An Age-Old Argument
There’s an age-old debate over whether or not bass players should use a pick. On one side of the argument are those that believe the finger-plucking style is exclusively the way bass should be played. Some folks really look down on bassists who play with a pick. They’re seen as having a lack of technique – equating the plectrum using bassist as a mere failed guitarist in disguise.
On the other side of the argument are those who see absolutely nothing wrong with using a pick. They firmly understand there are certain situations and circumstances that call for its use. They view those who disagree as being elitist, archaic “bass snobs” incapable of seeing past a narrow point of view.
While some may see this as a silly debate, there are legitimate reasons that support both sides of the argument. Let’s take a look at things from a couple of different angles…
Good Pedagogy – Bass players must master two-finger plucking at an early stage in their development. They need many hours of it to develop rhythmic consistency, evenness, and callouses. It’s similar to learning the rudiments of other instruments – such as a violinist bow grasp, or a trumpet player’s embouchure. Discouraging the use of a pick when learning bass is good pedagogy. While a pick is not necessarily a bad thing, using one can impede the needed commitment to learning the dexterity behind using your fingers to play – which requires more co-ordination and generally more time to become proficient.
Versatile Tone – You can get any tone and sound you need by finger plucking the bass. Playing with different parts of your fingers can change the sound of your tone. Furthermore, you can change your playing attack on the fly. You can go from playing a fuller, warmer tone using your finger pads, to creating a crisper, brighter sound using your fingernails – without needing a pick.
Endurance – Playing for long sessions using a pick is strenuous and tiresome – which leads to a breakdown in technique and agility. While many bassists use a pick, they only do so for short stretches. Whereas playing with your fingers allows for much better endurance needed to maintain the timbre you seek for hours and hours.
Technique – Playing bass with a pick compromises the ability to use the proper technique needed to play all other aspects of the bass. The bass has a very long neck compared to a guitar. By the time you get your bass sitting high enough to correctly use a pick, you have moved the neck to where you can no longer hold it correctly. You end up losing reach – bending your wrist and moving your thumb away from the middle back of the neck – this is bad bass playing technique!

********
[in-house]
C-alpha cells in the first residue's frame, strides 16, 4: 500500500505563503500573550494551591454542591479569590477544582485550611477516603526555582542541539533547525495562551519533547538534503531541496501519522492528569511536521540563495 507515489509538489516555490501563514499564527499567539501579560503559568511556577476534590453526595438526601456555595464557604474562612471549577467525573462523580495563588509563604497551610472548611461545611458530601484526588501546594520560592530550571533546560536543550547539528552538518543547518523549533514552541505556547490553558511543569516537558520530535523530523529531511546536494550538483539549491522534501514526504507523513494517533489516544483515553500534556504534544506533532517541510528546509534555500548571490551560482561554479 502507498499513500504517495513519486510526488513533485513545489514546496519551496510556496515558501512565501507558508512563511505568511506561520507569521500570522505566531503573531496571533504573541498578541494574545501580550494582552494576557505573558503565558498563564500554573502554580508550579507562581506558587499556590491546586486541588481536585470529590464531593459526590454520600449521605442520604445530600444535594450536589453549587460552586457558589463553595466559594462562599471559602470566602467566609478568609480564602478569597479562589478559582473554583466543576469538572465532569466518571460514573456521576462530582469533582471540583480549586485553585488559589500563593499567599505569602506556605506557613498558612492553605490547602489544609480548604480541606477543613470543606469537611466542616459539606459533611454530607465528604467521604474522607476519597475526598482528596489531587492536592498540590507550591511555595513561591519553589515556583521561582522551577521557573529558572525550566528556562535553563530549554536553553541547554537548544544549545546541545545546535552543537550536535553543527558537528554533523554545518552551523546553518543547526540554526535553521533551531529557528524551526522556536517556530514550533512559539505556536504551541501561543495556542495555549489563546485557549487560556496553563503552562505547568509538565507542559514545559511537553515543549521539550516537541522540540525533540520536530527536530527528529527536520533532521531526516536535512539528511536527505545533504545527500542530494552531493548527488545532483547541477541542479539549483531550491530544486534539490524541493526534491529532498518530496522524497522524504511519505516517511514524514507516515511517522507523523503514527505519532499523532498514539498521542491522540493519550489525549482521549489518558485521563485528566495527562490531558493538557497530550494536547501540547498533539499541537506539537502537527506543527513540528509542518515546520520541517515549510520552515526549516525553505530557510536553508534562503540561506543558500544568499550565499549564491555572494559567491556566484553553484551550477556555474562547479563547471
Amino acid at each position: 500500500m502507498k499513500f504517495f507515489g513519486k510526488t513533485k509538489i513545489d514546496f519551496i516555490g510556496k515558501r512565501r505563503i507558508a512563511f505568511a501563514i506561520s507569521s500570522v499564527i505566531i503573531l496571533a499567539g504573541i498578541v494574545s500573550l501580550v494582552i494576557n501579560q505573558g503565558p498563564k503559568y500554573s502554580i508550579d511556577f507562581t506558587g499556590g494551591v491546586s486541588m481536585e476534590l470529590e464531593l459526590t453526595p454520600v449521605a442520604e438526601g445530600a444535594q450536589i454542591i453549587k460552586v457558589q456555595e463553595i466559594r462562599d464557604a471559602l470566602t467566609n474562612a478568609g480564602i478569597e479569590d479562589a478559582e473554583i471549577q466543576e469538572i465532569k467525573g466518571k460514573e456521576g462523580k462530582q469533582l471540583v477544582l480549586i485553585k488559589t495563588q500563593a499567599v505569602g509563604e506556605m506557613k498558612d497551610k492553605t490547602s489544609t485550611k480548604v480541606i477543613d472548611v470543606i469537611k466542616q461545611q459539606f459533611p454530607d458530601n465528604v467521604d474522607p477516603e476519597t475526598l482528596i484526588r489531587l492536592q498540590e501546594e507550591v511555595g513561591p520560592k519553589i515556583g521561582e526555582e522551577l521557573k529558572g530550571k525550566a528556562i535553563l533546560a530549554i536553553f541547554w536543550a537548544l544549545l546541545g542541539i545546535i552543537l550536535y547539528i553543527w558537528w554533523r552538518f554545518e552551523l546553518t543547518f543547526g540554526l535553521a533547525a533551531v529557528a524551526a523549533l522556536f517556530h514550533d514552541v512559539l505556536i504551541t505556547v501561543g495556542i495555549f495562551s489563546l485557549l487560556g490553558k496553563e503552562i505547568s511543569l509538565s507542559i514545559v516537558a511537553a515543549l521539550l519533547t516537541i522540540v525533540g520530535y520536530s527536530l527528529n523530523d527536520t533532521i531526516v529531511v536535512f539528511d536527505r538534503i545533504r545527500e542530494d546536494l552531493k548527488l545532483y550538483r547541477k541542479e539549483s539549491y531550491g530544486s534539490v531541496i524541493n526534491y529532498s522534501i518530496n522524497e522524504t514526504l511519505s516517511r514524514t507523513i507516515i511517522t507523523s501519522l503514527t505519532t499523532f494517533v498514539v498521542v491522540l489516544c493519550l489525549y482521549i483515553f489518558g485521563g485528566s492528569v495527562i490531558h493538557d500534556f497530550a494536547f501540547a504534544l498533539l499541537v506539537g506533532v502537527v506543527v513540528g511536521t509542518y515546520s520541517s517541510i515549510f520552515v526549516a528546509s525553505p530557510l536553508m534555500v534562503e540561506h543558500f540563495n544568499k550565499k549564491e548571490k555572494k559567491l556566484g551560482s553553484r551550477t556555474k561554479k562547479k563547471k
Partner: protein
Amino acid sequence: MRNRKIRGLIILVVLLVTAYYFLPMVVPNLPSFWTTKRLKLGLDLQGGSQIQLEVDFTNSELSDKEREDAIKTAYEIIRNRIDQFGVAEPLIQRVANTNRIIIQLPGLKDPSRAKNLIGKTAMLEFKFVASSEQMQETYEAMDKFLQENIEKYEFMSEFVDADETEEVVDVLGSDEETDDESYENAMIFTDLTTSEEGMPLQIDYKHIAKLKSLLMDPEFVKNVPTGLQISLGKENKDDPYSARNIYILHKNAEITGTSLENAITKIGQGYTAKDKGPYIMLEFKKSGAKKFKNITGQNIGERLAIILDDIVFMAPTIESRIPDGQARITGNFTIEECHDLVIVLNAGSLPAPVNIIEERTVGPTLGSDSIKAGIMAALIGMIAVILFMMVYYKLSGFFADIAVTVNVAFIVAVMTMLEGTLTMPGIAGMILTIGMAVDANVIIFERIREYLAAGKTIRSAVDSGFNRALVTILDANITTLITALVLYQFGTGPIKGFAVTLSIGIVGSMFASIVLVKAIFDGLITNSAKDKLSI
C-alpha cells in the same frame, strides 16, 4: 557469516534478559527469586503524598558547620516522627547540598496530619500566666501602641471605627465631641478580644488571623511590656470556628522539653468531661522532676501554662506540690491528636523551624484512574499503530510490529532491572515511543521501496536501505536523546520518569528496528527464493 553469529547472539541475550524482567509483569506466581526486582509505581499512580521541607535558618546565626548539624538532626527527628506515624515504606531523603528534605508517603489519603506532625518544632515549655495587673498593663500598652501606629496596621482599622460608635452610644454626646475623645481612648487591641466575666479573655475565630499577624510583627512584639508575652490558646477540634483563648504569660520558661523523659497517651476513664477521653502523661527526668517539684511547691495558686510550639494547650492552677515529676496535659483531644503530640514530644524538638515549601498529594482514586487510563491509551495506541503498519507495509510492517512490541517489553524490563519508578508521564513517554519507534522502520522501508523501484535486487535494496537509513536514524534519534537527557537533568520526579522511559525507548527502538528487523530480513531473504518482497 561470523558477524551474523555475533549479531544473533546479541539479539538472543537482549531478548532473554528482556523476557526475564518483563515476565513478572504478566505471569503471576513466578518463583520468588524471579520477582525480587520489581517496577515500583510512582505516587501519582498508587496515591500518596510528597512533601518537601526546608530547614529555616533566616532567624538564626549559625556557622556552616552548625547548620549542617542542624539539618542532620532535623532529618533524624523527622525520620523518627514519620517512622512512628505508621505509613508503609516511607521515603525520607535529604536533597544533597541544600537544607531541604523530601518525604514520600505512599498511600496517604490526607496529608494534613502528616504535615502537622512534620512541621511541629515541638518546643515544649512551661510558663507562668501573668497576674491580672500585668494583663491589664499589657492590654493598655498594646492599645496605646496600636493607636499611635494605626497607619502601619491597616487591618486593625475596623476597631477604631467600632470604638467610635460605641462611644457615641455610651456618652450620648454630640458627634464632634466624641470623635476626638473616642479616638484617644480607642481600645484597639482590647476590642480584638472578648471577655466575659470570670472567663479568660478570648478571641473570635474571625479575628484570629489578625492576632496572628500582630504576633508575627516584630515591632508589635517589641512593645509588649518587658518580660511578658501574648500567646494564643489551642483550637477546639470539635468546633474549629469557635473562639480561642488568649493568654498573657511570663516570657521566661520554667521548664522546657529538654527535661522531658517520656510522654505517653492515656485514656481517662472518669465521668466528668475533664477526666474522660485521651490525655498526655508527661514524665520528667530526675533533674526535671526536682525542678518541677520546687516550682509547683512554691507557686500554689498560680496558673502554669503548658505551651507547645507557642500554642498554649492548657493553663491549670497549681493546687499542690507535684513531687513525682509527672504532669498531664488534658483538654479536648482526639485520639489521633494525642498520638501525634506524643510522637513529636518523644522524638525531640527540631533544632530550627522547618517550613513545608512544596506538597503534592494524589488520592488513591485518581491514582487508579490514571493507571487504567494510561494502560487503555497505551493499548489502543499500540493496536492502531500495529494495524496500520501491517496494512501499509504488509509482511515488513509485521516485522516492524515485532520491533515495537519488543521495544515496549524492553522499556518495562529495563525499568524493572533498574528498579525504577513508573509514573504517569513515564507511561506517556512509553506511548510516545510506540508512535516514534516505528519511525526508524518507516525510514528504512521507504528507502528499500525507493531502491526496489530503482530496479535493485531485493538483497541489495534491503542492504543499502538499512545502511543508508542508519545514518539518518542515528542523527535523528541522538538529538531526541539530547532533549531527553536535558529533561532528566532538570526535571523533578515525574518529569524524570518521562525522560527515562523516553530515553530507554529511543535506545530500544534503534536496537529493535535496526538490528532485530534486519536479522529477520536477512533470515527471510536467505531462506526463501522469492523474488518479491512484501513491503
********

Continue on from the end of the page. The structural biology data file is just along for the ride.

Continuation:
Better Attack – For some styles – metal, punk, rock – a pick simply sounds better. A pick allows the bass to have a much quicker attack, with a sound that’s generally more aggressive and defined. Many metal band bassists prefer to use a pick for this very reason. If you are playing punk, hardcore, or thrash metal, you often need to use a pick to obtain a sound that requires a much stronger attack.
Emulating the Sound of Others – There are a lot of accomplished, legendary bassists who incorporate using a pick in there playing (see below). If you are playing in a band that plays covers, you’ll want to emulate the sound of the original bassist as much as possible. So if you’re emulating the sound of a bass player that uses a pick – well then….you’ll need to use a pick too Sherlock!
Play With Guitar – In most playing situations, bassists follow the drums tying the rhythm and lead parts together. But there are many times when bass players need to follow guitar players. This is common in punk, “screamo”, and other styles of playing. Using a pick can allow you to play single notes faster. With a pick you can lock in with the guitarist to obtain the sound you need!
Iconic, Legendary Bassists Use Picks – If you think bassists who use a picks are lacking in skill, technique, knowledge or sound then let me direct you to a list of just a few bassists who use picks at least some (if not most) of the time – I believe these guys would beg to differ:
- Marcus Miller – Miles Davis, Herbie Hancock, Luther Vandross, many others
- Chris Squire – Yes
- John Paul Jones – Led Zeppelin
- Lemmy – Motorhead
- Michael Anthony – Van Halen, Chickenfoot
- Paul McCartney – The Beatles
- Roger Waters – Pink Floyd
- John Entwhistle – The Who
- Bobby Vega – Sly & the Family Stone, Joe Satriani, many others
So There You Have It! – I have resolved the argument and debate over whether or not bassists should use a pick. And in conclusion I really don’t believe there is a right or wrong answer either way. But my opinion is that, as a bassist, you should strive to learn and obtain as much knowledge and as many skills as possible. And this would include learning to play bass with your fingers AND a pick. But don’t end there. You should also become a master at thumping, popping, slapping. Get excellent at playing jazz, rock, funk, punk, metal, R&B, blues, pop, reggae, Celtic, country and every other style of music. Learn to play the electric upright bass, the double bass, and master the fretless bass. Learn theory and bass education. Learn everything you can so that one day the debate can be about you – and the new tool you developed that you need to be a “real bassist” – or not!
Should Bass Players Use a Pick?